When you visit Armenia there are monuments and statues that are breathtaking to see.
The Memorial dedicated to the victims of the 1915 Genocide, is a monument that consists of two parts: one part has massive basalt steles leaning silently over the Eternal Flame, and near-by is the second part which resembles a pointed mast thrust sharply upward, symbolizing the revival of the Armenian People
The monument of David of Sasun (alternate spelling: David of Sassoun), the hero of folk legends is portrayed by the sculptor Ervand Kochar on his faithful steed Dzhalali. In David’s hands he put a sword held ready to fall on the heads of all invaders. Water flows from a bowl over the pedestal, which means that when the patience of the people is at an end, there will be no mercy for the oppressor. His crest of honor was a sword of lightning, belt of gold, immortal flying horse, and a sacred cross. His mission was to free Armenians from foreign bondage.
As you continue touring Armenia, another striking landmark located in the Ararat Valley is the Sardarapat monument and memorial. The monument was built based on the famous battle in May 26, 1918, and the magnificent architectural edifices proclaimed the victory of the battle. There was a major engagement at Sardarapat where the Armenians defeated the Turkish Army. The statues of the ancient bulls, walls, eagles and the Bell Tower monument which were constructed in 1968 is a pilgrim’s shrine to Armenians throughout the world. The entrance to the park is flanked by huge winged oxen made of red tuff. A flight of steps leads to a square from where a 35-meter high bell tower rises. The beautiful trellis structure with its nine bells can be seen from afar. The bells ring every year on the day of the historic victory. A lane of eagles, symbolizing the spirit of the fearless fighting men, leads to a curved Wall of Victory, with scenes of the battle, and the figure of a woman with a child, signifies a symbol of revival. The complex was designed by the architect Rafael Israelyan, and sculptors Ara Arutyunyan, Samuel Manasyan and Arsham Shaginy.
Representing the world of music and poetry is the monument erected for Sayat Nova, the great ashug (folk singer and story-teller) who lived in Tbilisi in the 18th century and wrote in three languages: Armenian, Georgian and Azerbaijanian. The monument was designed by the sculptor Ara Arutyunyan.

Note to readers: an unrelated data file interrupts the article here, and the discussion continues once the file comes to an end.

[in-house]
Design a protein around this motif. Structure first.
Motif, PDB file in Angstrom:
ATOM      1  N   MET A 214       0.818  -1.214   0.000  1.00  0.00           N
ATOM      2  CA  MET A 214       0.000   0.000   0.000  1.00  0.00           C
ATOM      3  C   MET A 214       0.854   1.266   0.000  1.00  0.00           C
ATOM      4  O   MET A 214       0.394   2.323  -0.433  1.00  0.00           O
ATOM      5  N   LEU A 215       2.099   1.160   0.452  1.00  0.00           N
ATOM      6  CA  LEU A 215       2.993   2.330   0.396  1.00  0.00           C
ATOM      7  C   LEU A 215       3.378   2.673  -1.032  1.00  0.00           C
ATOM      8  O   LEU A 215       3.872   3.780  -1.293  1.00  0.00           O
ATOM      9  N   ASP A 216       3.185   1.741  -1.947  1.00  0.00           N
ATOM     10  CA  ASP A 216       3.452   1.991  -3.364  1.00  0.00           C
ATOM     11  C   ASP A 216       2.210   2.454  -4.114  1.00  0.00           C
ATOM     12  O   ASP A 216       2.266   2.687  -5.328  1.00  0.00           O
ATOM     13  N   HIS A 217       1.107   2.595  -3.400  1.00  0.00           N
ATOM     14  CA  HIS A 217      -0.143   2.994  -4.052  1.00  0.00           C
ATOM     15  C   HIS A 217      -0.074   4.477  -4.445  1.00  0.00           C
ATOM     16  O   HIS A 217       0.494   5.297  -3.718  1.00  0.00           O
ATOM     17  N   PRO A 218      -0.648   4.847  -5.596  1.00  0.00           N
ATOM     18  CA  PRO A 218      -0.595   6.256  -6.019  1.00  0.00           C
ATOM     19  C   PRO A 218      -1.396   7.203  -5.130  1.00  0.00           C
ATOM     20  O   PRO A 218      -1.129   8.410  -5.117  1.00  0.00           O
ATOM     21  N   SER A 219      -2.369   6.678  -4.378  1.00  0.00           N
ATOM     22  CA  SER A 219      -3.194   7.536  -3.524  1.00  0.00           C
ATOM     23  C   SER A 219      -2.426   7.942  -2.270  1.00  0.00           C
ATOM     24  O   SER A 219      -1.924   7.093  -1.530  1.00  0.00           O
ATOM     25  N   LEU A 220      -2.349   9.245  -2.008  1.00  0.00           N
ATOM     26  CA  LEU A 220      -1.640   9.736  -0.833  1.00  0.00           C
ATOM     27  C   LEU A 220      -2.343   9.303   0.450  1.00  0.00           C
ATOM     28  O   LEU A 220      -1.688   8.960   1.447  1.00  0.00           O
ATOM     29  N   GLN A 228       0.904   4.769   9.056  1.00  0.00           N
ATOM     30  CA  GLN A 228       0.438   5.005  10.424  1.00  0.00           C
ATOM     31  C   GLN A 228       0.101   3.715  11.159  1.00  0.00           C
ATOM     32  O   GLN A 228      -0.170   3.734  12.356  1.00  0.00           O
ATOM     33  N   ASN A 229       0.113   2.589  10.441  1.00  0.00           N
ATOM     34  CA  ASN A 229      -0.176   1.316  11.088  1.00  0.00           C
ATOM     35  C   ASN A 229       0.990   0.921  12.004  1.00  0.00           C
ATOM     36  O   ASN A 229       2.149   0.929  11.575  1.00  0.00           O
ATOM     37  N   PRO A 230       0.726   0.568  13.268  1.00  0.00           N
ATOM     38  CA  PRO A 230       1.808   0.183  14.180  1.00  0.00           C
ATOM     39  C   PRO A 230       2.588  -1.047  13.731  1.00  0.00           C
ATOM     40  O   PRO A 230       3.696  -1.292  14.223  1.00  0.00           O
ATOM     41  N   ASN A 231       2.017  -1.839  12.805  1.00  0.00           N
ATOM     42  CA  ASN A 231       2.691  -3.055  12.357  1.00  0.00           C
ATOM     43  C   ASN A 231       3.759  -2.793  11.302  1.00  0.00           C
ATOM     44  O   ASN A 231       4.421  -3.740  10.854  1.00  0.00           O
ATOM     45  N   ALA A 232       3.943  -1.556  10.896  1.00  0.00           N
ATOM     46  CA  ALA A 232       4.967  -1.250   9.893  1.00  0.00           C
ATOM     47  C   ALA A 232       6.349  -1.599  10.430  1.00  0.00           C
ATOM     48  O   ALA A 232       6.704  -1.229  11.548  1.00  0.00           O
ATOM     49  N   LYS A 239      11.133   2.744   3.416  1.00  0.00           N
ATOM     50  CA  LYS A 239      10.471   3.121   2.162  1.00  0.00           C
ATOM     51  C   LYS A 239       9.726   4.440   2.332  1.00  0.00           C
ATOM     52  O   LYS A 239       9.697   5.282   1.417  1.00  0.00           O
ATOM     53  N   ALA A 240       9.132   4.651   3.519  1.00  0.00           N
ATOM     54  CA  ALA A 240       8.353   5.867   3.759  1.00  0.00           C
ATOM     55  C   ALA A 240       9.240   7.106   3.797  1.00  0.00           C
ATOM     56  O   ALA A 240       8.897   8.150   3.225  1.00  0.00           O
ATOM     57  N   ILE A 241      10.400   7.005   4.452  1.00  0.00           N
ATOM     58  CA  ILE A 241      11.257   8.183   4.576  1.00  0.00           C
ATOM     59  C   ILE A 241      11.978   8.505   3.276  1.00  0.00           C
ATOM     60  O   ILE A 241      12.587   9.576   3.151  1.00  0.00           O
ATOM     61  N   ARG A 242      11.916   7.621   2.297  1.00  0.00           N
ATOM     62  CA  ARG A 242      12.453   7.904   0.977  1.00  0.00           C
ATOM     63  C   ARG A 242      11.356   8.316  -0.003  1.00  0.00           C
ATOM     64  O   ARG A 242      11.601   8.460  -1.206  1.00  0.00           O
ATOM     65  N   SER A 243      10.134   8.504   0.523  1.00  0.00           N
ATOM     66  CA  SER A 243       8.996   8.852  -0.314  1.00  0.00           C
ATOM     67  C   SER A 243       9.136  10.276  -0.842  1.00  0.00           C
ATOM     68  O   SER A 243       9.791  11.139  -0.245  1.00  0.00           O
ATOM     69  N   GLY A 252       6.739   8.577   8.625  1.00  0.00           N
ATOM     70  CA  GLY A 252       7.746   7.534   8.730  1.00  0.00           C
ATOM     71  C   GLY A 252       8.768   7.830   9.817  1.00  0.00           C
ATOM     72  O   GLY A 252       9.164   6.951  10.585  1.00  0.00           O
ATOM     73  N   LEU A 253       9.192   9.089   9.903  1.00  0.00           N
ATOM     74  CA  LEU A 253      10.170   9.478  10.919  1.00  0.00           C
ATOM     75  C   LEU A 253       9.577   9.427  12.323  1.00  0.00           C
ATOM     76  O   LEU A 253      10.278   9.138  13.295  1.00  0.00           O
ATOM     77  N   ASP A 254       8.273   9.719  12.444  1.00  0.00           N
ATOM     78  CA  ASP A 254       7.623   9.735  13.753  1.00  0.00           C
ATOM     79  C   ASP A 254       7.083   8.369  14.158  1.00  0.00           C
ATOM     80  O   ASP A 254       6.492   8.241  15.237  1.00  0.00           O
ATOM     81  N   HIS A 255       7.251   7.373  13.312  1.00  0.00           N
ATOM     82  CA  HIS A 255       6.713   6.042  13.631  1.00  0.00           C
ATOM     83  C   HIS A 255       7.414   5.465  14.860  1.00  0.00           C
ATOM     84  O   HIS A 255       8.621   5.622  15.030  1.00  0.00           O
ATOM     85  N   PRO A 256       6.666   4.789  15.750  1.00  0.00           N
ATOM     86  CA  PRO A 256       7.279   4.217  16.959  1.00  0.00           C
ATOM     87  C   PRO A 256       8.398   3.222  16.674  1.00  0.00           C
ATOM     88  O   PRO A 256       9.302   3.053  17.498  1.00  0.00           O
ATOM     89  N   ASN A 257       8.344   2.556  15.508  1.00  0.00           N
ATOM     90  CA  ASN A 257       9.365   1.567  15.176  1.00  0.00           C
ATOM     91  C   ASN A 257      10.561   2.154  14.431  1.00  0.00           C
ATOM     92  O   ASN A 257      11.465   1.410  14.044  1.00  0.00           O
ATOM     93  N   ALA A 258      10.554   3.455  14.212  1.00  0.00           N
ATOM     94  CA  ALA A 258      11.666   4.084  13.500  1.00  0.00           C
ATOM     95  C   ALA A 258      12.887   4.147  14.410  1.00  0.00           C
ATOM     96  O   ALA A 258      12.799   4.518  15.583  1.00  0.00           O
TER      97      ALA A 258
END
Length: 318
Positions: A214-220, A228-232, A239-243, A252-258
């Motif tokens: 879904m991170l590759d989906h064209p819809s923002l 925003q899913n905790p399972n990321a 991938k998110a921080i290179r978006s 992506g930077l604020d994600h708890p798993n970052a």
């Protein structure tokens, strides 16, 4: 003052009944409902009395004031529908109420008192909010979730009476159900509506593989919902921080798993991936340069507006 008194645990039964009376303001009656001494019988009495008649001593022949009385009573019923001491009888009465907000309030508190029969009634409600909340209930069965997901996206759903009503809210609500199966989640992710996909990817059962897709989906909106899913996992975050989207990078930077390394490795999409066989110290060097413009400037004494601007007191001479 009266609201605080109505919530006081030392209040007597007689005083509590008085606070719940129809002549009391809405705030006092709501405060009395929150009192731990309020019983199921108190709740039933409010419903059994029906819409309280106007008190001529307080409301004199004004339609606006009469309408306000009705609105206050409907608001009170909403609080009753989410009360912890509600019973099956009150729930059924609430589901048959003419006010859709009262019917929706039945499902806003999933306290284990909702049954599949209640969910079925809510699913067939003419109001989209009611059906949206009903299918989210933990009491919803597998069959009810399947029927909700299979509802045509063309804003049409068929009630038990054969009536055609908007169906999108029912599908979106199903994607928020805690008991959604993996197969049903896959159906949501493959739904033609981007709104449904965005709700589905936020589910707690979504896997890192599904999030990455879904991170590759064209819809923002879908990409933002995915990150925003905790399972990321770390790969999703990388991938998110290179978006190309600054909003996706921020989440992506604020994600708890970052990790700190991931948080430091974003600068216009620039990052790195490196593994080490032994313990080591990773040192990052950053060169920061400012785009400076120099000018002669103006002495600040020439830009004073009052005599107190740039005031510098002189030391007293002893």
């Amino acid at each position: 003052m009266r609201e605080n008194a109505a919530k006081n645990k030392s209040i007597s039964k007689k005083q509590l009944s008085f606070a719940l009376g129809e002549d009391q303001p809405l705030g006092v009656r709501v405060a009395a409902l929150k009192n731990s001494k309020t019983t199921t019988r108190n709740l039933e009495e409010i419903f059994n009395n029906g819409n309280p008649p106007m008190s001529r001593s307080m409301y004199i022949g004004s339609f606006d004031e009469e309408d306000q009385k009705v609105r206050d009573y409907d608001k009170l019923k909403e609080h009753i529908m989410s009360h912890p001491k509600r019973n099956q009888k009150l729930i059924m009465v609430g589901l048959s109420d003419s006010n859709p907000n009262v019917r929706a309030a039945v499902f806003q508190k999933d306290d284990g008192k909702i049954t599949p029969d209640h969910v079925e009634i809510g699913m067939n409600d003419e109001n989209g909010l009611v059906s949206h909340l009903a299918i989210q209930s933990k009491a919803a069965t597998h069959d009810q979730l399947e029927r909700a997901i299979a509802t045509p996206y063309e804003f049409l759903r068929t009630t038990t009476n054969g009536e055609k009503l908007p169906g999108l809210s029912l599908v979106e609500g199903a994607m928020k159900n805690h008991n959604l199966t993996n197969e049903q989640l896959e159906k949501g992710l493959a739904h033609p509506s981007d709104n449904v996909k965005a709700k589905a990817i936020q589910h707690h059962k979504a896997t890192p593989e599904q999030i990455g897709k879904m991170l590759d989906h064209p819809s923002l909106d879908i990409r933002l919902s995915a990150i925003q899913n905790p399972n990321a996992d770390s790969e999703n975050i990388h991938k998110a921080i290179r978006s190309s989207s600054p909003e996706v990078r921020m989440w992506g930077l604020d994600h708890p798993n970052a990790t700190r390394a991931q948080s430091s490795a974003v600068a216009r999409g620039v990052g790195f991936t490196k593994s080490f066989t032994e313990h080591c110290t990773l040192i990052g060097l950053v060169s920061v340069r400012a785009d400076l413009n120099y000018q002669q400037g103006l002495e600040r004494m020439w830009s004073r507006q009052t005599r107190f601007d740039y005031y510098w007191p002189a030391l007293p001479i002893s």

For painters and art lovers, the statue of Martiros Saryan was erected in 1986. Painters and Artists gather at the monument on holidays and weekends, where paintings can be bought or portraits commissioned.
The monument dedicated to the architect Alexander Tamanian (alternate spelling: Tamanyan) stands where Lenin Avenue and Moskovyan Street intersect. The grateful residents of Yerevan have perpetuated the memory of this outstanding town-planner who has done so much for their city. The monument was designed by Artahes Ovsepyan.
As you travel along Abovyan Street and arrive where it crosses Ring Boulevard, in a large square, stands the monument of Avetik Isahakyan (alternate spellings: Isaakyan/Isahakian), the classic Armenian poet. His works are closely linked with the history of the Armenian people, and permeate with profound humanism and respect for human dignity. . The monument was sculpted by Sergei Bagdasaryan in 1965.
Where Knunyants Street crosses the Boulevard stands the statue of the great army leader and legendary national hero who led the Armenians against the Persian invaders in the middle of the 4th century, Vartan Mamikonian (alternate spellings: Vardan, Mamigonian/Mamikonyan). The statue was designed by Ervand Kochar in 1975.
The monument erected to Mikael Nalbandian (alternate spellings: Mikayel Nalpantian, Miqayel Nalbandyan), Armenian writer, philosopher, and revolutionary democrat, is probably the only one in Yerevan that does not have the traditional pedestal. The statue virtually stands on the ground. The sculptor Nikogaios Nikogosyan gave a very faithful image of this noble champion.
Another beautiful monument we recommend visiting is Mother Armenia located in Akhtanak (Victory) Park, which is only one stop from Abovyan square. It is the statue of a woman placing a sword in its scabbard. It is set on a six-story pedestal 36 meters high which houses the exhibition Soviet Armenia in the great Patriotic War.
As you travel to Echmiadzin, where the cathedral is the main attraction, there is a monument of Komitas Vardapet (alternate spellings: Gomidas, Vartabed), one of the most renowned Armenian churchmen of modern times.
These are but a few of the magnificent monuments and statues that you will see when you visit Hayastan, “the cradle of civilisation”.
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